Big Picture: A baby’s view of the protoface
Newborn infants demonstrate an extraordinary affinity toward faces. This is believed to be driven by a subcortical primitive mechanism tuned to the ‘protoface’ stimulus: a face-like configuration of three dark blobs on a white background. This heavily biases input into their visual system, thereby supporting the development of cortical brain circuitry required for face processing, and related social cognitive functions.
This humble yet powerful ‘three-dot’ stimulus has therefore been the mainstay of investigations into newborns’ face perception, pioneered by Professors John Morton and Mark Johnson. It continues to reveal numerous insights about typical and atypical face perception in adulthood, and forms the basis of my research at the MRC Social, Genetic and Developmental Psychiatry (SGDP) Research Centre at the Institute of Psychiatry, Psychology and Neuroscience.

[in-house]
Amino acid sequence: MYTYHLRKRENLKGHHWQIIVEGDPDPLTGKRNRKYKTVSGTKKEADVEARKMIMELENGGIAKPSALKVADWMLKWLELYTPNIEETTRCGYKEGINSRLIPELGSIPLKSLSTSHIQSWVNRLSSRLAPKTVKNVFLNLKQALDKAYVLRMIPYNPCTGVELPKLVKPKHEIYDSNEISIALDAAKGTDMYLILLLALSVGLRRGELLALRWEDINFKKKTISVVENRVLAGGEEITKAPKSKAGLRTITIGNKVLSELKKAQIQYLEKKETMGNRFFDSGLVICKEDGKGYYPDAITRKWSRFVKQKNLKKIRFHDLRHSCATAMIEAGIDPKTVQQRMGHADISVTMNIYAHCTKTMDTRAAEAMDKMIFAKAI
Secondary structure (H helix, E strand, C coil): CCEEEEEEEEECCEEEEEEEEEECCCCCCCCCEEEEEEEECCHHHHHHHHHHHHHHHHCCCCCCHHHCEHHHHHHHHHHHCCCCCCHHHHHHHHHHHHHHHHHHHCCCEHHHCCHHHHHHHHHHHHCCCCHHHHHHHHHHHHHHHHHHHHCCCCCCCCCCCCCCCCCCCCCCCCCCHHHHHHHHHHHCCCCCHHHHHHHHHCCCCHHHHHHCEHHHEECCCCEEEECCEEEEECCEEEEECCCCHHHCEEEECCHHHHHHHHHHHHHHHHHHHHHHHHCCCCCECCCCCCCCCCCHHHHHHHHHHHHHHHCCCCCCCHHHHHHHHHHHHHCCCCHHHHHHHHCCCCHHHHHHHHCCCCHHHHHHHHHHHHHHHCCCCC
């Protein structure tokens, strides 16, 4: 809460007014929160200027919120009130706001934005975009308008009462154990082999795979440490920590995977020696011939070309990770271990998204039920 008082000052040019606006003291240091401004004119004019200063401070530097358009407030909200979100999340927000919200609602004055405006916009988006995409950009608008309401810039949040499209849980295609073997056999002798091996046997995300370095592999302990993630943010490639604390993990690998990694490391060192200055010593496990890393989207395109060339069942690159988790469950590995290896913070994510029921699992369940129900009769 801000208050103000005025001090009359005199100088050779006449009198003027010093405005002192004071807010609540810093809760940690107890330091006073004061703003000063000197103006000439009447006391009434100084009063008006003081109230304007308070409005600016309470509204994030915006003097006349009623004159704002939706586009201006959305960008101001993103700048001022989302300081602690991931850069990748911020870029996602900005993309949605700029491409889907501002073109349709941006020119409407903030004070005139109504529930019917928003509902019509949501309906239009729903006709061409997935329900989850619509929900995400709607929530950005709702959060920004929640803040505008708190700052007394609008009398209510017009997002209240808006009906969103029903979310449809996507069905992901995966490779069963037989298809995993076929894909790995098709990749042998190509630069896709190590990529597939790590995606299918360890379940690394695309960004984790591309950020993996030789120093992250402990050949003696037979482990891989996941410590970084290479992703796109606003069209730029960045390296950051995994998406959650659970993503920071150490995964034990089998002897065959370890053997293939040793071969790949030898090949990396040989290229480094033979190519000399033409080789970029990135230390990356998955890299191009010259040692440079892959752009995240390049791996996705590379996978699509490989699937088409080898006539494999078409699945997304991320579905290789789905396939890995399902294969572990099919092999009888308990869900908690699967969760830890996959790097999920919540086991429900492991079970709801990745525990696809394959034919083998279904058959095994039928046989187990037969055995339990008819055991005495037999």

What remains unclear, however, is whether orienting to the protoface is present right throughout early development and/or whether it declines later in life. Equally, it remains to be seen whether a failure to attend to the protoface leads to conditions such as developmental prosopagnosia (‘face-blindness’). Well, I guess I have my work cut out for my PhD then…
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